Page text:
Sacrifice

5 Feb
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I have problems with Lenten sacrifice.
(Perhaps I came to the notion too late?)
I do not think that God asks us to sacrifice chocolate or meat or music
in order to be worthy

of His Love.

This, I do not believe.

Sacrifice is not merely abstaining from meat . . .

. . . all the while knowing how good it will taste come Easter.
Would real sacrifice be a fast before a party?
(When my daughter is banned from her DS, she claims to be glad because she has reading to catch up on. )
Lent is not sacrifice.

God does ask us to sacrifice. To sacrifice and mean it. To sacrifice and take it.
To sacrifice and suffer with it. All the while continuing on, unsure if there will be respite in the end.
This sacrifice God wants us to endure.

How else do you explain Death?

More Sacrifice/Lent  poems at read write poem.
All content written by Liza Lee Miller unless otherwise noted.
© 2008, Liza Lee Miller. Creative Commons License

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10 Responses to “Sacrifice”

  1. gautami 11 February, 2008 at 8:09 am #

    I agree with you here. God does not ask for sacrifices. By giving up something we are not pleasing GOD.

    Maybe we are being selfish..

    Broken Lines

  2. watermaid 11 February, 2008 at 2:36 pm #

    A thoughtful post. My understanding of Lent is that it is following the example of Jesus who fasted for forty days and forty nights in preparation for ministry.

  3. mariacristina 11 February, 2008 at 4:03 pm #

    I don’t sacrifice pleasures for Lent either. Usually people simply give up what isn’t good for them anyway.

    I enjoyed your poetic conversation, a musing in free verse.

  4. paisley 11 February, 2008 at 4:08 pm #

    i do not believe in a god figure that would expect anything so ridicules from its master creation either.. very well written….

  5. Linda Jacobs 11 February, 2008 at 6:03 pm #

    I grew up Catholic and we were forced to sacrifice. It wasn’t until thoughts like you’ve written here started going through my head, that I questioned the idea behind it. Excellent, thought-provoking write!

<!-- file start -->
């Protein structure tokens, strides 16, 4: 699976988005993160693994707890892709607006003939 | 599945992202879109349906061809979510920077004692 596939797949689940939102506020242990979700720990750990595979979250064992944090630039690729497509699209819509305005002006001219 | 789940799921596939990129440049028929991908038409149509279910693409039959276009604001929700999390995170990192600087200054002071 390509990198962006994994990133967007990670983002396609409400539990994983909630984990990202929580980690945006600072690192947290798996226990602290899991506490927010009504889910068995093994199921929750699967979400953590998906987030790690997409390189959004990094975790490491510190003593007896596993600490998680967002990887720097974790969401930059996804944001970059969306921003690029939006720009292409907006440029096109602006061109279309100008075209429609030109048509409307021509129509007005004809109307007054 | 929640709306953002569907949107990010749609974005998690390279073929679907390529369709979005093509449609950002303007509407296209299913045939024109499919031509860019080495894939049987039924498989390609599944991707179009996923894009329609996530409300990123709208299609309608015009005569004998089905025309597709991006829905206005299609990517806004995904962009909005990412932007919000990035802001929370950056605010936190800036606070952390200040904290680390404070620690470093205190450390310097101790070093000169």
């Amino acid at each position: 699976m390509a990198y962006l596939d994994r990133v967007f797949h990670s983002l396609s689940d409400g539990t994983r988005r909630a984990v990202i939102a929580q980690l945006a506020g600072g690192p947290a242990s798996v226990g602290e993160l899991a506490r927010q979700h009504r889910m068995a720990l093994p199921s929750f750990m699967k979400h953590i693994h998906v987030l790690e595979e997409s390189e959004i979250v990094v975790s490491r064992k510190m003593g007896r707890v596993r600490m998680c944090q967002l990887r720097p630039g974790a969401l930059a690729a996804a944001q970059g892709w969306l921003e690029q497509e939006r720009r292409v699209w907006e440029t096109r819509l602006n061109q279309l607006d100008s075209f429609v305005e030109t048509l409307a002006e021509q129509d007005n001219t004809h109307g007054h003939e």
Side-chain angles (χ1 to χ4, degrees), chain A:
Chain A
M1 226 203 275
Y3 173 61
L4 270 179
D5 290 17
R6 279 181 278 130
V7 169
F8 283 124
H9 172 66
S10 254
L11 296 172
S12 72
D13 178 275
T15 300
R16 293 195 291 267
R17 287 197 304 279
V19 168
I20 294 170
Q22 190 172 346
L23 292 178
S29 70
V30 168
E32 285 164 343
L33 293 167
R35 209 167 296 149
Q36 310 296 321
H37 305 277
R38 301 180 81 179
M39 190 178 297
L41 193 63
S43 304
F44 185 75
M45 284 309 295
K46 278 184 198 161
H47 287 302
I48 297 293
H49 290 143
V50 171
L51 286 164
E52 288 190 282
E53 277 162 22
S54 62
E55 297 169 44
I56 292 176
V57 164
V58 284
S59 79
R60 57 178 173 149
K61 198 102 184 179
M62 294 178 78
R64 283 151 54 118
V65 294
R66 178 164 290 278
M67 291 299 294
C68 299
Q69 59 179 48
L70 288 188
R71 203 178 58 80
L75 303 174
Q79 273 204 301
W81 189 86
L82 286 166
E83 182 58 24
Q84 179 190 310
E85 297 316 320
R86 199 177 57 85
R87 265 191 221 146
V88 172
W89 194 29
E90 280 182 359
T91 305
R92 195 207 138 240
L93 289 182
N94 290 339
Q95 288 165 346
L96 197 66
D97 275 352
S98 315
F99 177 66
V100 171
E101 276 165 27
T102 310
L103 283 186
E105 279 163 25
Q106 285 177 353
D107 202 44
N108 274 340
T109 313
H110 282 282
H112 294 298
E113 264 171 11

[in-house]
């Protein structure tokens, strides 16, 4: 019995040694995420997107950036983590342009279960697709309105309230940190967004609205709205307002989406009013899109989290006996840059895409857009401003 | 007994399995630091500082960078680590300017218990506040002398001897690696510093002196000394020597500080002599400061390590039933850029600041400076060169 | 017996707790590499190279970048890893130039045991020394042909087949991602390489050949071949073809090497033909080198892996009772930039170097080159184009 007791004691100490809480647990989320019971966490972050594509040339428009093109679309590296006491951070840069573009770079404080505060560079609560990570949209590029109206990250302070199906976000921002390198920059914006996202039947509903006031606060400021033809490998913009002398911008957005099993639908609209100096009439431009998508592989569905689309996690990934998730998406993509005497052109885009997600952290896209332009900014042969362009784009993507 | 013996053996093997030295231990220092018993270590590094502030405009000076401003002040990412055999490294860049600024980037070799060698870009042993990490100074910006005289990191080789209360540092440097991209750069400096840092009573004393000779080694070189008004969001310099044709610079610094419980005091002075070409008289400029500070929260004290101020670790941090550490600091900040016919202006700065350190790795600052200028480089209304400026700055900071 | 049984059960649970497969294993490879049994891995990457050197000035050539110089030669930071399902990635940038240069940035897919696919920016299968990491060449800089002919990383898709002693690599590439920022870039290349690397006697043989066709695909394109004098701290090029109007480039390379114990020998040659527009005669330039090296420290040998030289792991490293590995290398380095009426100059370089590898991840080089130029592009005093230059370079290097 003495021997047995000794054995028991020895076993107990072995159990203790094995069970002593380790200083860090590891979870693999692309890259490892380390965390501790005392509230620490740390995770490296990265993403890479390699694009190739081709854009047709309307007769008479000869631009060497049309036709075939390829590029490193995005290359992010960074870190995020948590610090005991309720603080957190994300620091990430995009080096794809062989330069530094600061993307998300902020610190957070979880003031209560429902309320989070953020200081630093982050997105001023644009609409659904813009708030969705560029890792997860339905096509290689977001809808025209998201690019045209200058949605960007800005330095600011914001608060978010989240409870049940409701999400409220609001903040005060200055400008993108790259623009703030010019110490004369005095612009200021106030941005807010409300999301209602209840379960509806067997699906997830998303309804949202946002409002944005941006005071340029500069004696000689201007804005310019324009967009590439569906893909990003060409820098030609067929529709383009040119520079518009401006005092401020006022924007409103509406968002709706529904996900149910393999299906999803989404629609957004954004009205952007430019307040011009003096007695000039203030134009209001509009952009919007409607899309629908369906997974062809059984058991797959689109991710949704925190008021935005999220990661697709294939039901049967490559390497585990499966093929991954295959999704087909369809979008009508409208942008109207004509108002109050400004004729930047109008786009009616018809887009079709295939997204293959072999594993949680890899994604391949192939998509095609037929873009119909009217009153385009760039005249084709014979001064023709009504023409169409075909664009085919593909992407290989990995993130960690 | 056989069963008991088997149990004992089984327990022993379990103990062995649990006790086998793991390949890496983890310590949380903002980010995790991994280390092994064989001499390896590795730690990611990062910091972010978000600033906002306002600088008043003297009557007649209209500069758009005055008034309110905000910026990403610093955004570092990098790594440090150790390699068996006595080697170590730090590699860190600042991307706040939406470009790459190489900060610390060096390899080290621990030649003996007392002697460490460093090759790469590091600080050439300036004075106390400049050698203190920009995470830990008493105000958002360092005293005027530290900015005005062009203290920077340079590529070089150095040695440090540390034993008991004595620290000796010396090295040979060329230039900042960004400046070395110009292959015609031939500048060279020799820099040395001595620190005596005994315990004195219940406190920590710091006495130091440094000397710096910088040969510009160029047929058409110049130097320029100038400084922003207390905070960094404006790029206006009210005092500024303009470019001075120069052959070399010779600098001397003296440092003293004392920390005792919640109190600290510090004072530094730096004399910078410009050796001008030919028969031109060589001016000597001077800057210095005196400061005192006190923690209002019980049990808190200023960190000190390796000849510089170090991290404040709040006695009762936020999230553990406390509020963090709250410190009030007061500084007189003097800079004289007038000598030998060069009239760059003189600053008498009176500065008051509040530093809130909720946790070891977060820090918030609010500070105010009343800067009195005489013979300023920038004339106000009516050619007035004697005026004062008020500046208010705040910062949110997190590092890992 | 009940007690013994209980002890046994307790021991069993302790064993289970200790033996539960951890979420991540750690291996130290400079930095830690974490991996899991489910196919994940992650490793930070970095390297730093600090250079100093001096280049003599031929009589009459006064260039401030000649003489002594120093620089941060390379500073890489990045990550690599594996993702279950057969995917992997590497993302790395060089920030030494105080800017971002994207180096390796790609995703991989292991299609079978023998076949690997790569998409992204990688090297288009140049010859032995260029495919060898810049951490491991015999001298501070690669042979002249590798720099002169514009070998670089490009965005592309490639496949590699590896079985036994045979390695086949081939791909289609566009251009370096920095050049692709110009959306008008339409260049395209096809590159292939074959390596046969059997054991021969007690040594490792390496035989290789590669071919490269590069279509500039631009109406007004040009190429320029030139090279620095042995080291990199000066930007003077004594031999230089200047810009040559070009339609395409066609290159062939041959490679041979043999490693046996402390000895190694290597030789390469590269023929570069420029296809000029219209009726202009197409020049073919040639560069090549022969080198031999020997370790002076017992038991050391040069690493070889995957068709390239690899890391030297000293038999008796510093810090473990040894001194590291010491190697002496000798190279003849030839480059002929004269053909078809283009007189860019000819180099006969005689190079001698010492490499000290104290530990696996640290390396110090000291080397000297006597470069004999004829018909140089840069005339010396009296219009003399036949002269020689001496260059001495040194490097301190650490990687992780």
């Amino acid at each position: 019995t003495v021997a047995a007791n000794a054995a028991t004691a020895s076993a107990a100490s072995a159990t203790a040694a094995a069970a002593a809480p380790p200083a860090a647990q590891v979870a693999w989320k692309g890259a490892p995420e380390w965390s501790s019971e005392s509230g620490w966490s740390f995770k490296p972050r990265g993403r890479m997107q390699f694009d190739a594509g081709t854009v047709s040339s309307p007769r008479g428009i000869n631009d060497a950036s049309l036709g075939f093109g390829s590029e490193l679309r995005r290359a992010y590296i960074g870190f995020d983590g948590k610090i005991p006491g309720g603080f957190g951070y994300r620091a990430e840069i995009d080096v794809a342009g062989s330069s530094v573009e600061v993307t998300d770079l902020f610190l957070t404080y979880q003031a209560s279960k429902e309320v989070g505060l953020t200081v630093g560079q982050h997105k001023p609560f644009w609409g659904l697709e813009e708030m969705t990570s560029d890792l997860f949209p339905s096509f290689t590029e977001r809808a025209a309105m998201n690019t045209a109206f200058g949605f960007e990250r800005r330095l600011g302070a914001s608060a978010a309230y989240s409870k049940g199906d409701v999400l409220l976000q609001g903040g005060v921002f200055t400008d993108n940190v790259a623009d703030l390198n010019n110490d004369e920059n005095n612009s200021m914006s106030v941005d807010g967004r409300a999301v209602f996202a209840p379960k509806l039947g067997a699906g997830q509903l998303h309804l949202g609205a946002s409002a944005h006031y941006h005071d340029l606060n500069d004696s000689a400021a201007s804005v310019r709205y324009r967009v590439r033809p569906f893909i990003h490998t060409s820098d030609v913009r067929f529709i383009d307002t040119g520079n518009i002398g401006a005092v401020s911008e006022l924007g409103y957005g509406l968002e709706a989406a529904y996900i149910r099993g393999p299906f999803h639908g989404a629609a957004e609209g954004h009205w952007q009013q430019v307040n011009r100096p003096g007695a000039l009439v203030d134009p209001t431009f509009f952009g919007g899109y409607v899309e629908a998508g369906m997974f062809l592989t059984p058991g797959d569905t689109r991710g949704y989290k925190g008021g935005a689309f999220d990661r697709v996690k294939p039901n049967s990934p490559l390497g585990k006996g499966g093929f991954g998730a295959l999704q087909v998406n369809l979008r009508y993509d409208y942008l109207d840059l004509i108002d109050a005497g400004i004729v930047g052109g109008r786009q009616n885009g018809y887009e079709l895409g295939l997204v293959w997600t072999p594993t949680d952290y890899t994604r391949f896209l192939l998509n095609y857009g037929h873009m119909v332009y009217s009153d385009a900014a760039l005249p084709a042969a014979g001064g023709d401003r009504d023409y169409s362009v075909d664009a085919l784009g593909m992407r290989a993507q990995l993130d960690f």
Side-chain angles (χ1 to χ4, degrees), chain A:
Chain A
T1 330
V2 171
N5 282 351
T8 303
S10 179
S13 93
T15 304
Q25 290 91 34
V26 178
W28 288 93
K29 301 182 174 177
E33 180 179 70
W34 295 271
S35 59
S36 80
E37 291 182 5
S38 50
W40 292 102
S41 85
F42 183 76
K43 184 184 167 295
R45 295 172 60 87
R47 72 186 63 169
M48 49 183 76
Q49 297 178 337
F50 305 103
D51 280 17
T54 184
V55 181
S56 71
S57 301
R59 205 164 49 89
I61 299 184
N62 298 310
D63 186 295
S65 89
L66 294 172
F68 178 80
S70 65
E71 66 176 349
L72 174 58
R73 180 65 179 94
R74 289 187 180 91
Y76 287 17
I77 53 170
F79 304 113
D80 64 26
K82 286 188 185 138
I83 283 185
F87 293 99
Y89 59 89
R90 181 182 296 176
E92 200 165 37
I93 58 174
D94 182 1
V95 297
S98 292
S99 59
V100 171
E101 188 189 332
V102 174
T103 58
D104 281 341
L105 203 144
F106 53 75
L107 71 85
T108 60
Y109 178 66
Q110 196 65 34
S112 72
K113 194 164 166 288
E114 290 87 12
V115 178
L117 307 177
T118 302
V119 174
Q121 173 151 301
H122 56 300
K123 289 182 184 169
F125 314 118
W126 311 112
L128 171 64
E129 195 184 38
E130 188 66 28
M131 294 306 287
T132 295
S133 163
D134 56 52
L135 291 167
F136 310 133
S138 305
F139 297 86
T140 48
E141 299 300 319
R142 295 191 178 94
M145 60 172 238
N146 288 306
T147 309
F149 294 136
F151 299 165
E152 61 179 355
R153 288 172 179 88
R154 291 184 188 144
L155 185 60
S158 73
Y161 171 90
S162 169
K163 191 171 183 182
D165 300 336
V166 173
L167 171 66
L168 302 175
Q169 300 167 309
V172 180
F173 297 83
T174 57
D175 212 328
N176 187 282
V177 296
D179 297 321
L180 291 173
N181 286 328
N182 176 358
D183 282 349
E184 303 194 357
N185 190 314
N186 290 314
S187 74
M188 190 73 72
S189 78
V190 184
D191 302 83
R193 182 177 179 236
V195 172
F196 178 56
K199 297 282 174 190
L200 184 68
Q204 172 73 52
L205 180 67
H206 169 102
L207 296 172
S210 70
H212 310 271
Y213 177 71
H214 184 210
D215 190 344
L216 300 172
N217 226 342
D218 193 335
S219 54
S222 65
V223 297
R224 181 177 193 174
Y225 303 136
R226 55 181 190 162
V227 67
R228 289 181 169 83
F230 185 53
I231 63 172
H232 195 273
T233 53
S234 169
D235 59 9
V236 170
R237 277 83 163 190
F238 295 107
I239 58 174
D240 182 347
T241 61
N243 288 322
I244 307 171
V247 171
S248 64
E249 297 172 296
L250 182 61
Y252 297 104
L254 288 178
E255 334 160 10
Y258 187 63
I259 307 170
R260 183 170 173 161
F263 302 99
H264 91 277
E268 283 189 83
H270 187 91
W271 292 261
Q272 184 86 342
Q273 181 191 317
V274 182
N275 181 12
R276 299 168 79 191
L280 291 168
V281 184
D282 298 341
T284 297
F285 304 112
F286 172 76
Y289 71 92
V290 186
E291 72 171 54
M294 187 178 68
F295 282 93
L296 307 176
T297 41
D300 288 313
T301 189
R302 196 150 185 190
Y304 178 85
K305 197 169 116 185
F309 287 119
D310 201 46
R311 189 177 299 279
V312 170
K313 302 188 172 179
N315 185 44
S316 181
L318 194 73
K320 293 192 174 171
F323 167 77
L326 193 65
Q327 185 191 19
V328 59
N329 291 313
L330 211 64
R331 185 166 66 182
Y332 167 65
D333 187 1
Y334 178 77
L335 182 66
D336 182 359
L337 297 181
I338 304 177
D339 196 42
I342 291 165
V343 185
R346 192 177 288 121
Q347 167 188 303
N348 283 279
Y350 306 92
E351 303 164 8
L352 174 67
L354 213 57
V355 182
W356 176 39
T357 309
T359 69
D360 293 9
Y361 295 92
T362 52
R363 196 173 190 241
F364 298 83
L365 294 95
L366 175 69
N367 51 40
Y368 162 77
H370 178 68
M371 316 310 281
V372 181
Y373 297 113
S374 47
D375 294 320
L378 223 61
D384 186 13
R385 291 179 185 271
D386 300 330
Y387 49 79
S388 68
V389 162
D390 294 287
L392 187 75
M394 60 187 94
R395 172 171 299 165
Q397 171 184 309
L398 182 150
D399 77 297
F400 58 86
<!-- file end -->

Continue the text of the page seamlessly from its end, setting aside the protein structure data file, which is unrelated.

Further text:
6. SweetTalkingGuy 11 February, 2008 at 6:15 pm #

    The lenten fast is a catholic thing – I went to a catholic high school and at lent the sacrifice wasn’t the giving up of sweets. The sacrifice was in donating the money that you would have spent on buying the sweets to the poor box.

  7. chicklegirl 11 February, 2008 at 10:32 pm #

    I’m a Christian, but my faith doesn’t practice Lent; rather, I fast monthly for 24 hours at a time. I take the money I would have spent on my meals and donate it to a fund to aid those in need. During the fast, I try to refocus my energy away from physical sustenance and direct it toward spiritual nourishment, as a way to draw closer to God. That’s just what works for me.

    I think the spiritual component of fasting–whether you are religious or not–is what makes it meaningful: mastery over physical urges as a means to greater spiritual strength and self-discipline. Does that make sense?

  8. AnthonyNorth 12 February, 2008 at 6:42 am #

    You ask some important questions. To me a religion is a social codification of spirituality, the latter being an inner knowing. Thus, people who believe in a God-form do so from this inner self. The rituals, etc, are, I’m sure, added by us to provide social meaning.

  9. ...deb 15 February, 2008 at 8:26 pm #

    I love your response here. Eloquent and passionate. The lines set off by quotes is well applied.

  10. SandyCarlson 26 February, 2008 at 3:21 am #

    Very thoughtful. My understanding of the fast is that it is a clearing out of things that get in the way of knowing God in our lives.

    I suppose during times in history when most people had to do without, the fast was a way to justify their doing without even more.

    I like your point that sacrifice and fasting are not games but serious spiritual actis.

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